So if European states are going to heed US calls to increase spending, they are going to have to spend much, much smarter. But the next question is: How?
For the European Union, security is high on the agenda. This is true both in terms of the link between migration and terrorism, as well as in terms of security and defence vis-à-vis a resurgent Russia. The EU is particularly important in the latter regard for Sweden and Finland, who are concerned about their eastern flank but remain outside of NATO. However, the momentum for a real leap forward towards integrated EU defence is still not there, even despite the departure of the biggest spoiler of such ambitions, the United Kingdom.
Instead, change will have to come from the patchwork of cooperation that already exists between member states. And in order to gain traction, visible outcomes will be needed on major development and procurement projects, moving beyond the traditional logic of juste retour.
These efforts will naturally revolve around Germany. It has the largest military in Central Europe and is the only one of the big three defence actors focused strongly on territorial defence.
More practical steps towards integration could follow the example of the Dutch, whose army now operates almost exclusively through joint structures with German land forces, with further plans for integrated special navy units and air force capabilities. The initial stages of that model are now also being applied to Polish-German and Czech-German military cooperation.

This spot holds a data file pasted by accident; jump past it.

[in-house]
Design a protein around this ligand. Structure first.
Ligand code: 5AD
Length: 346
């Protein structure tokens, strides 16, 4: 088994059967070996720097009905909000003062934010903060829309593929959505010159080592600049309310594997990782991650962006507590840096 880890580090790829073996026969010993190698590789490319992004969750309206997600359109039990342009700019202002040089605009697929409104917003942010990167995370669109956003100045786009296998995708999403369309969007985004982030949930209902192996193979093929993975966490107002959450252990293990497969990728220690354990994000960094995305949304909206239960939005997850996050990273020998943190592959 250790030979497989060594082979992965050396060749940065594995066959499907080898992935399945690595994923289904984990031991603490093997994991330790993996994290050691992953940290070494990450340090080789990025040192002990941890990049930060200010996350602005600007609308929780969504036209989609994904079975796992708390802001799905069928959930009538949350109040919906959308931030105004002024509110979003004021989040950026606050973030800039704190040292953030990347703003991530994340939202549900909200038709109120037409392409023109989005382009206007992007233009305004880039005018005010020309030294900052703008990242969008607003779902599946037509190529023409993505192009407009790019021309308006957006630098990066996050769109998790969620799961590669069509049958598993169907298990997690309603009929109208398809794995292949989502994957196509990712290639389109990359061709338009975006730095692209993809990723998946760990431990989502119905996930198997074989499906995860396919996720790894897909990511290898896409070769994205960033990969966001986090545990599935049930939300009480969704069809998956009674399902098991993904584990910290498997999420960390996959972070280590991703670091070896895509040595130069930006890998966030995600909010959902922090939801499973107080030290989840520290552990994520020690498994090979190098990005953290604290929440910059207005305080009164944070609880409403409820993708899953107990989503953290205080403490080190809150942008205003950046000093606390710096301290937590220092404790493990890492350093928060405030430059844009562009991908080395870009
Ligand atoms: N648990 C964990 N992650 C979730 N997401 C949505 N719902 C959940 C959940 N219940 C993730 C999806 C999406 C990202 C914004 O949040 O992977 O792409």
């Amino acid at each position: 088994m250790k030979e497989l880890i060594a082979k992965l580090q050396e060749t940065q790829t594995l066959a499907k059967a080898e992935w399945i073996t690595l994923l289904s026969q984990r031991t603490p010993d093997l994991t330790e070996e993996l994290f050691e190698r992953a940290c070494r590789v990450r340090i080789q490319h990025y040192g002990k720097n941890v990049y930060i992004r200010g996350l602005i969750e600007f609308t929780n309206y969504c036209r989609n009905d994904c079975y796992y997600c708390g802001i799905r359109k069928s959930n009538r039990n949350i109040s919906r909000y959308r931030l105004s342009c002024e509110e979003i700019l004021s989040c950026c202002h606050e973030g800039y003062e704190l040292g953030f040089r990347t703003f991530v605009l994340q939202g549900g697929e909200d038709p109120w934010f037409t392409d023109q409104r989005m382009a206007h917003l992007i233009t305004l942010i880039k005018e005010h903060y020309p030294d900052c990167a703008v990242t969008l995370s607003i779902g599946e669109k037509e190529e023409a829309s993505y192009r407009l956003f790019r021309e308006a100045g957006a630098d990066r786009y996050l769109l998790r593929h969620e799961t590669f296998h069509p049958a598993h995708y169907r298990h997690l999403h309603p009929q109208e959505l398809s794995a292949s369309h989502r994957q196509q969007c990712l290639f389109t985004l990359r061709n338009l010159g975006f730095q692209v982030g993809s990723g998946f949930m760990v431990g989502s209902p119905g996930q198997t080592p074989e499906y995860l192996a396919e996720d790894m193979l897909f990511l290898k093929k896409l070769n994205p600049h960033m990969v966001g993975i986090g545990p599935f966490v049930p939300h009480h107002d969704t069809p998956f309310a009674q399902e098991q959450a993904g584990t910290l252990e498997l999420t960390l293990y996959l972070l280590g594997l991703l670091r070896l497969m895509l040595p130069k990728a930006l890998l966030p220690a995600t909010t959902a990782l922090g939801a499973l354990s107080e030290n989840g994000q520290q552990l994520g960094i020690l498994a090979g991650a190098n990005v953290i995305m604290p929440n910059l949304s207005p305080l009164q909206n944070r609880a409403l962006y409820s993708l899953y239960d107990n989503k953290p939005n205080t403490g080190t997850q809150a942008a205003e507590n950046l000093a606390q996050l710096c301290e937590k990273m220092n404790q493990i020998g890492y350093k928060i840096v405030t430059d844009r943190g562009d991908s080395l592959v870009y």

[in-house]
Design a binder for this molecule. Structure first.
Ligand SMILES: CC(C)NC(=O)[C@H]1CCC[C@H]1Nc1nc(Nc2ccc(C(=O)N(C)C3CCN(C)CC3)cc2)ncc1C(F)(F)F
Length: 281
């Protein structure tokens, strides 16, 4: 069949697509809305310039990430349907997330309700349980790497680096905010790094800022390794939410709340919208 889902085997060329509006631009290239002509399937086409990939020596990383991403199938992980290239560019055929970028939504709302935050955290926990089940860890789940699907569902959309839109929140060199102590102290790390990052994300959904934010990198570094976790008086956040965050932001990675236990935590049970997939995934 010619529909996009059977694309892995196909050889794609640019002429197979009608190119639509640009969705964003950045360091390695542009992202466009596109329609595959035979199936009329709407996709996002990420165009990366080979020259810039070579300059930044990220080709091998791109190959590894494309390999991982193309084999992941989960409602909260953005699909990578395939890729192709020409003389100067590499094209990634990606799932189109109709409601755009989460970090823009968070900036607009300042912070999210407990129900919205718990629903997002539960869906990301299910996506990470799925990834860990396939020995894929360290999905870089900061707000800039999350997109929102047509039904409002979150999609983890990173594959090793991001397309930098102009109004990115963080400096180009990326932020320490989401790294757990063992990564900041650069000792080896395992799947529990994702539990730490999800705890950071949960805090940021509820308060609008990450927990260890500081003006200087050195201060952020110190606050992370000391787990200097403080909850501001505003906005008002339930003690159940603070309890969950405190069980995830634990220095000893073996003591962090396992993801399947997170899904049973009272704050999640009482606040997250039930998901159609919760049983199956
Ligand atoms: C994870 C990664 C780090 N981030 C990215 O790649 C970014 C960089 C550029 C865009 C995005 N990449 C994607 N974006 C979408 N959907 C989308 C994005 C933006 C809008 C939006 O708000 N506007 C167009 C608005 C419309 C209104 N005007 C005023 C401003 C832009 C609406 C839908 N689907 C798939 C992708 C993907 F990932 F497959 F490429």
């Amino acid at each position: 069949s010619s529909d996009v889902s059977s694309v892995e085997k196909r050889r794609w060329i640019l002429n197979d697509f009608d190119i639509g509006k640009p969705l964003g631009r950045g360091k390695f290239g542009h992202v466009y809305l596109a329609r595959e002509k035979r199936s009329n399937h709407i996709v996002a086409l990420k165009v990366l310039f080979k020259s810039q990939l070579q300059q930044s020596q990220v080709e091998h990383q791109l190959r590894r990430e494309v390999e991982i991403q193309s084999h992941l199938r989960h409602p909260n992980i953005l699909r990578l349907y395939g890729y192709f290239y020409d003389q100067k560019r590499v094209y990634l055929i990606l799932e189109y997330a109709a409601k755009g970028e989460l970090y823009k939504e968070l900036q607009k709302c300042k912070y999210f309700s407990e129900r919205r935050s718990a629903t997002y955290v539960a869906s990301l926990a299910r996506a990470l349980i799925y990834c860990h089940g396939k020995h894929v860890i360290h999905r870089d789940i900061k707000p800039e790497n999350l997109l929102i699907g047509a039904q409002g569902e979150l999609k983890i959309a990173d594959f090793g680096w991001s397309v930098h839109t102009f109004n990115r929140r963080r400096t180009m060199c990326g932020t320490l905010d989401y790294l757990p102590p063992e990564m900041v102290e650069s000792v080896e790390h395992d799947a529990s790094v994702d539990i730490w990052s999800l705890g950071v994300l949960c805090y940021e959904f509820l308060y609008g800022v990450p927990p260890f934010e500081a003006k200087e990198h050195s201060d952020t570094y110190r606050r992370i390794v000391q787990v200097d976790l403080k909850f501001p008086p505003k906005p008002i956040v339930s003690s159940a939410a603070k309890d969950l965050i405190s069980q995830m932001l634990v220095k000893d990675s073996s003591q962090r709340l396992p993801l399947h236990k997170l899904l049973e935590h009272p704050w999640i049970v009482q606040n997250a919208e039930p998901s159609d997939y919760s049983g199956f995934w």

Should that blueprint be expanded and widened to cover full capabilities, European defence integration could be built from the bottom up. This offers a much more promising avenue of approaching the long term goal of a European pillar than does the classic top-down process of treaty revision.
The US, meanwhile, will likely welcome any model that means increased European spending and capabilities. But what they have not yet realized is that Europe’s readiness to engage in global missions alongside the US is unlikely to grow in tandem with its defence budget.
If and when Europe increases defence co-operation, it will do so with European security priorities in mind. These include territorial integrity, the linkage between external and internal security, and risk control in the periphery of Europe. Most continental Europeans view territorial defence as the core mission of their armed forces. While they accept some force projection in the neighbourhood, most do not believe in the rationale of overseas military intervention.
As such, while properly integrated and expanded European defence structures would be much more effective than the fragmentation that exists today, it might not be quite what America has in mind.